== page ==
This first instalment takes us up to the Meryton Assembly Hall, where Amanda manages to make a mess of the story Austen wrote, attracting Bingley instead of Jane doing the honours.

In all, this is excellent fun. I don’t find it at all disrespectful to Austen’s work. Sure, there are some glaring anachronisms, but it wasn’t too bad yet (I might have a couple of grumbles later on)!

On this day: On this day: the First Fleet arrives in Australia in 1788

The 26th of January is now celebrated as Australia Day (or sometimes scorned as Invasion Day by Aborigines). It is the date the First Fleet of settlers arrived in Sydney Cove, beginning the establishment of today’s Australia as part of the British Empire.

Many of the people aboard this fleet were convicts, and most were transported for crimes that would be considered ridiculous now.


The First Fleet entering Port Jackson on January 26, 1788 by E. Le Bihan

Amongst the people aboard were:

Elizabeth Thackery

Said to be the first white woman to set foot on Australia. She was sentenced to seven years transportation for the theft of two black silk handkerchiefs and three white handkerchiefs to a total value of one shilling.

John Baughan

Convicted of stealing five blankets, he was to be transported for seven years. Though he left behind a wife and three daughters, he remarried in New South Wales, having three more children (though one died in infancy), and choosing to stay on in Sydney. He died only nine years after arriving in the Southern Hemisphere.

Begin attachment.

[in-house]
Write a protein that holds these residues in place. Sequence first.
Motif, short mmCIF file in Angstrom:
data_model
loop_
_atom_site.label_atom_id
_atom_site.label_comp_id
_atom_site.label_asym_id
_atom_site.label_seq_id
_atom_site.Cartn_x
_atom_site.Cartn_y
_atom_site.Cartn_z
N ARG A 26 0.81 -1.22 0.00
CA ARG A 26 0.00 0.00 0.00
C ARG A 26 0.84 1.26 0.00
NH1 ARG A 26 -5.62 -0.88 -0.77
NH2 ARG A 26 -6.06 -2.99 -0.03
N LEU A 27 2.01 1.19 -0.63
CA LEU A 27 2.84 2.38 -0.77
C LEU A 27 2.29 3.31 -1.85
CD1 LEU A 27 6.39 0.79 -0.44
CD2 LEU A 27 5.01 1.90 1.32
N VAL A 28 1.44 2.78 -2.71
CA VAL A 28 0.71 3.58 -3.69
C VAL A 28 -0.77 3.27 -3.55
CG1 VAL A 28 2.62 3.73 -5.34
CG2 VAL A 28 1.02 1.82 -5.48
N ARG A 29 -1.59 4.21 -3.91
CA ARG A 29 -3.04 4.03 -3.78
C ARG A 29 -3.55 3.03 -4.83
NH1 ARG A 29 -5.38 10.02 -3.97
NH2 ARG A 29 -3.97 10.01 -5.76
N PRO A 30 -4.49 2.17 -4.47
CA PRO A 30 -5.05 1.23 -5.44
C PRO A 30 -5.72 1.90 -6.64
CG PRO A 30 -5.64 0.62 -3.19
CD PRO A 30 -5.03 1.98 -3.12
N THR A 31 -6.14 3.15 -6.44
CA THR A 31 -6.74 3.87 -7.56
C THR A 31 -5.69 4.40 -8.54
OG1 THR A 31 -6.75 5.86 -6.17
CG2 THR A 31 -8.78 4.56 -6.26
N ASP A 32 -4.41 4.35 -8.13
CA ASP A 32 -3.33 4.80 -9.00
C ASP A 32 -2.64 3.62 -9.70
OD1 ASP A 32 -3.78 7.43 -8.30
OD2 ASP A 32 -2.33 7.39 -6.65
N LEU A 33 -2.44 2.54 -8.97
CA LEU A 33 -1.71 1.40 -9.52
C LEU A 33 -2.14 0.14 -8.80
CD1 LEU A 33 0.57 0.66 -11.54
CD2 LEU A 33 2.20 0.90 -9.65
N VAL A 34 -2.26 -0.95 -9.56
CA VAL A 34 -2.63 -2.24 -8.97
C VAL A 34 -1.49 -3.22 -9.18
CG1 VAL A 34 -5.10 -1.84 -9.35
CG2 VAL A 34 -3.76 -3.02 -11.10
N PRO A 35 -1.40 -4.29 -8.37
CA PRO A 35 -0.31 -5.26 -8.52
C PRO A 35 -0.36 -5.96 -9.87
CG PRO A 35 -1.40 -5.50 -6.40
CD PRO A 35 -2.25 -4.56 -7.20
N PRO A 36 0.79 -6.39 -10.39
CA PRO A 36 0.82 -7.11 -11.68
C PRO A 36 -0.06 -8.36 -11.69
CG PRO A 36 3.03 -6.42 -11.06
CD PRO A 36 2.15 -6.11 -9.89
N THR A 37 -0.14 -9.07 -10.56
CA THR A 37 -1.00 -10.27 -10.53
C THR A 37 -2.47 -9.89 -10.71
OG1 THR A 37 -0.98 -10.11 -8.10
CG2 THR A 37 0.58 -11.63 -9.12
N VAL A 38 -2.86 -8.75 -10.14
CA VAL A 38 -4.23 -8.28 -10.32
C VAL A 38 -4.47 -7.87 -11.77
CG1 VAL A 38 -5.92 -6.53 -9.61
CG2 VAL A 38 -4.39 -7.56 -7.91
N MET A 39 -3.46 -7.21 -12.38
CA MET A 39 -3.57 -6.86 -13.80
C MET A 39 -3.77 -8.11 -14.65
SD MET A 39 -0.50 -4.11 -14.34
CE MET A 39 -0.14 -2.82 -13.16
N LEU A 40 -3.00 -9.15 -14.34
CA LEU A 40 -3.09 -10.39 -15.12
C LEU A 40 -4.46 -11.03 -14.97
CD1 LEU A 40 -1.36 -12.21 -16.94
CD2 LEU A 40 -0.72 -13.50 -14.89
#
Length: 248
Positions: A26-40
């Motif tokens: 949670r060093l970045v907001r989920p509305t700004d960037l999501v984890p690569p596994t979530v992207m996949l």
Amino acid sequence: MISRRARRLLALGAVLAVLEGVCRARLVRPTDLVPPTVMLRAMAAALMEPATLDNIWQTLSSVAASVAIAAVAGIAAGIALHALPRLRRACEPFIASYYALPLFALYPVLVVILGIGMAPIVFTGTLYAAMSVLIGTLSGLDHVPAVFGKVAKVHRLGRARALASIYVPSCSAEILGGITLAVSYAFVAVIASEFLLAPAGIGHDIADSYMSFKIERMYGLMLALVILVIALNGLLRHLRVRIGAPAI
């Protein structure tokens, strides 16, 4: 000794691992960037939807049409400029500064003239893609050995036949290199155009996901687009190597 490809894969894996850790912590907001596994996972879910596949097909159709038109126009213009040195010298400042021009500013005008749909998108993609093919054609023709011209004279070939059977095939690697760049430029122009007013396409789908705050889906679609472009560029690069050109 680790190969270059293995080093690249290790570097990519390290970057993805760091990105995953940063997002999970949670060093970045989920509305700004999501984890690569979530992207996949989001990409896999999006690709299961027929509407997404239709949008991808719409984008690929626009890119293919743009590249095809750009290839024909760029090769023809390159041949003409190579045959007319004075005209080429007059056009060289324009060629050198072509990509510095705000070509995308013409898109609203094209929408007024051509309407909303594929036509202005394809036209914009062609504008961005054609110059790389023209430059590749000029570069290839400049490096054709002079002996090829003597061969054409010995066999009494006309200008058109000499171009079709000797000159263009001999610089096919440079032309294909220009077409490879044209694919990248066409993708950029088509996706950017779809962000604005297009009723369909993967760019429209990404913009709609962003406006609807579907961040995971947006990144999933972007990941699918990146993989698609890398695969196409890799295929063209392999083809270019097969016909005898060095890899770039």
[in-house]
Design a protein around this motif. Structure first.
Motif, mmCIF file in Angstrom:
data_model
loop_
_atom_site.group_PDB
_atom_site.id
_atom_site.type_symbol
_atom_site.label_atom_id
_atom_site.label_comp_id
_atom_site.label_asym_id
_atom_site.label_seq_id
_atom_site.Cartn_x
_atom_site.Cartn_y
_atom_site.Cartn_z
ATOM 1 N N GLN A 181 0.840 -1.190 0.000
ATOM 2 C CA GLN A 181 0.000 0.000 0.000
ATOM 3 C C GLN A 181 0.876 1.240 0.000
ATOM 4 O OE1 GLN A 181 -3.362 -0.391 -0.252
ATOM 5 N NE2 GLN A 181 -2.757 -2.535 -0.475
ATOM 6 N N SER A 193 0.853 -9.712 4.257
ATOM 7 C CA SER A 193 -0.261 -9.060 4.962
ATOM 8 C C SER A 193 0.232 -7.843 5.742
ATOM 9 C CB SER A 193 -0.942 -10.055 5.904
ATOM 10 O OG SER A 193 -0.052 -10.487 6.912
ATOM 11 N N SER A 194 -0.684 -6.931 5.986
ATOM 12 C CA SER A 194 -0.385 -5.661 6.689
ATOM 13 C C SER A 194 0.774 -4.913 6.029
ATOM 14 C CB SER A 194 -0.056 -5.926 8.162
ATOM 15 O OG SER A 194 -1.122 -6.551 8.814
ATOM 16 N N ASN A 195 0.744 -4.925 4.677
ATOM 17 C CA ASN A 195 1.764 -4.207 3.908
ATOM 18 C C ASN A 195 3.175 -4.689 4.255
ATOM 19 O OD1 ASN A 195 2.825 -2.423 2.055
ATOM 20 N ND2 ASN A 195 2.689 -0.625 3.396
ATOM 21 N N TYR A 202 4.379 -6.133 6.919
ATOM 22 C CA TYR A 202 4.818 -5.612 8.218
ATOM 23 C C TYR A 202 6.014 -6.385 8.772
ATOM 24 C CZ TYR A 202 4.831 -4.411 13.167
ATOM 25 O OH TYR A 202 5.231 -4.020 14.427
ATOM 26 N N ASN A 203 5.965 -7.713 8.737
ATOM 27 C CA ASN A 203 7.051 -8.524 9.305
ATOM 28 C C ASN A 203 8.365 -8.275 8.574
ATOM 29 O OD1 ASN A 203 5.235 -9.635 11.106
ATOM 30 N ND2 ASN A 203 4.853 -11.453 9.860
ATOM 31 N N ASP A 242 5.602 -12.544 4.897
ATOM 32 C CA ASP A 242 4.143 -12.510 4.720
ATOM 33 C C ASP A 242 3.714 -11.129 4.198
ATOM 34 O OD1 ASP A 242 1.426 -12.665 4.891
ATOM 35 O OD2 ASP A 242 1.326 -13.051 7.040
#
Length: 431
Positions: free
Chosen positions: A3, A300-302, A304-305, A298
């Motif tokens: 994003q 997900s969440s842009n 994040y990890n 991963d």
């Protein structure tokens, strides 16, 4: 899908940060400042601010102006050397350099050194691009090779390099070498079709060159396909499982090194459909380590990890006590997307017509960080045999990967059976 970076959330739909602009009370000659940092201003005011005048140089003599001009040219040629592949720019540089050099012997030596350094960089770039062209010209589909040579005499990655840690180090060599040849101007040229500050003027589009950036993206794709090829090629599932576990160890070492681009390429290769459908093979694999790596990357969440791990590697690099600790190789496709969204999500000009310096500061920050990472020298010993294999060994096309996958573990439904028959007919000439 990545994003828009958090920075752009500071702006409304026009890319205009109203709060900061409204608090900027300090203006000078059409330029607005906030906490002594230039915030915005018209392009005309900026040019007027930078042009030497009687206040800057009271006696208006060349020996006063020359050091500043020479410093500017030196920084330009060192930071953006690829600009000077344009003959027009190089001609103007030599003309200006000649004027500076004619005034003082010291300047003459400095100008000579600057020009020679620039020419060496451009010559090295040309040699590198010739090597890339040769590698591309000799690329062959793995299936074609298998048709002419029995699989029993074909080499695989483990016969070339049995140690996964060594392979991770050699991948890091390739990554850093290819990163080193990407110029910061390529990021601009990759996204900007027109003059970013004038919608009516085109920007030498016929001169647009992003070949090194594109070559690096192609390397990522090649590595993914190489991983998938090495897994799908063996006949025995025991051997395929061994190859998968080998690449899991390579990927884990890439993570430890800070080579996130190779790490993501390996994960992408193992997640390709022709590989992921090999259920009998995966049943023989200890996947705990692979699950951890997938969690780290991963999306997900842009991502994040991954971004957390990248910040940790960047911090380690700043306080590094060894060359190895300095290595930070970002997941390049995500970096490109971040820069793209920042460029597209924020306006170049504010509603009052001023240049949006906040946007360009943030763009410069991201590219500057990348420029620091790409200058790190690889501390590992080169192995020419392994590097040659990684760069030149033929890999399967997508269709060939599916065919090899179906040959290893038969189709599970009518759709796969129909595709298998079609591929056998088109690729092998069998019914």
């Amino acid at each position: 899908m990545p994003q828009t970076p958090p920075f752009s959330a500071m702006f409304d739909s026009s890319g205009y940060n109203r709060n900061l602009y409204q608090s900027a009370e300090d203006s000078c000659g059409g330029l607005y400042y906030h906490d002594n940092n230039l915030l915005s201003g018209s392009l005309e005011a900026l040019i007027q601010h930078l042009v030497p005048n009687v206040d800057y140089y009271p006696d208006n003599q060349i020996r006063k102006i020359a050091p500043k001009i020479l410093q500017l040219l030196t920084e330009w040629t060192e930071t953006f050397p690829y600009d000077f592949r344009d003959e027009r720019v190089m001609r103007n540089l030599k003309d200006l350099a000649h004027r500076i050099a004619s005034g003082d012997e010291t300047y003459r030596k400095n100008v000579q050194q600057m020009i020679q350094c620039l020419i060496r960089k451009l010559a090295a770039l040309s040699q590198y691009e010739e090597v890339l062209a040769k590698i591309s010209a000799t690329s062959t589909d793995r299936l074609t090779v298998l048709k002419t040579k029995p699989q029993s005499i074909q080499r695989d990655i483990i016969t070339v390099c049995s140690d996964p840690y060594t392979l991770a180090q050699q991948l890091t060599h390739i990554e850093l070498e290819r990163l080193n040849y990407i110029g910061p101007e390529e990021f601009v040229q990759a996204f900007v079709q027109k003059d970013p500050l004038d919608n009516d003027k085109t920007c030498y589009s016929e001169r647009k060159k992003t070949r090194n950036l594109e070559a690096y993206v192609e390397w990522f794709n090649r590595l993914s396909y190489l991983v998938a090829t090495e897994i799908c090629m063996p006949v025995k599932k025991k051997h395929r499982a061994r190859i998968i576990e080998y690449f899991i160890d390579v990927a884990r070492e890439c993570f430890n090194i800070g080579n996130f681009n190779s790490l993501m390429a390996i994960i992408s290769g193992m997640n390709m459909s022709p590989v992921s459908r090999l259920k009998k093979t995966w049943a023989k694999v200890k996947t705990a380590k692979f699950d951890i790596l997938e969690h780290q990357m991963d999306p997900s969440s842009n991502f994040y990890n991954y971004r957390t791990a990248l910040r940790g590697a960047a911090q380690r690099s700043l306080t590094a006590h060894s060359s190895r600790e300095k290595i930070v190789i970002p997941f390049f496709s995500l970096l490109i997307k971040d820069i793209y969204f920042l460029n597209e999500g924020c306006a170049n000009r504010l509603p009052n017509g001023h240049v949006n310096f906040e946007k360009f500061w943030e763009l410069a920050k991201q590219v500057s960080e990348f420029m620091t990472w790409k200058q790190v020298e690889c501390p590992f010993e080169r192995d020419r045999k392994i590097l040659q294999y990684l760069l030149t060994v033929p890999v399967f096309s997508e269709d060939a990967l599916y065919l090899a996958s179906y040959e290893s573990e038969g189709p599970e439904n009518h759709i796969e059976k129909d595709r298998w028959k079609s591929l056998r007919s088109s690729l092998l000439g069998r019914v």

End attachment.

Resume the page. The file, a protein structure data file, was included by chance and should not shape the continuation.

Margaret Dawson

Considered one of the founding ‘mothers’ of Australia (many Australians can now claim Dawson ancestry). Convicted of “feloniously stealing” goods to the value of £12 4s 1d, she was sentenced to the mandatory sentence of death. However, being only fifteen at the time, her sentence was changed to transportation for seven years.

Nathaniel Lucas

Convicted for feloniously stealing clothing with a value of 40 shillings and sentenced to seven years transportation. He stayed on in New South Wales until his death in 1818.

 Sydney Cove, Jan. 26th 1788, a 1937 oil sketch by Algernon Talmage.

Sydney Cove, Jan. 26th 1788, a 1937 oil sketch by Algernon Talmage.

I read a guidebook to Australia (written by an Englishman, so I think he had an ulterior motive!) that claimed almost all convicts were murderers and rapists. This is simply not true (and may I also point out that as the convicts were British, it wasn’t really painting England in a good light!).

What the author of the book didn’t seem to understand was that Australia isn’t trying to cover anything up. Australians with convict ancestry are proud of it. I don’t have any – my first family members to move here arrived long after they stopped transporting convicts – but I know some who do, and they brag about it the same way Americans with Mayflower ancestry do.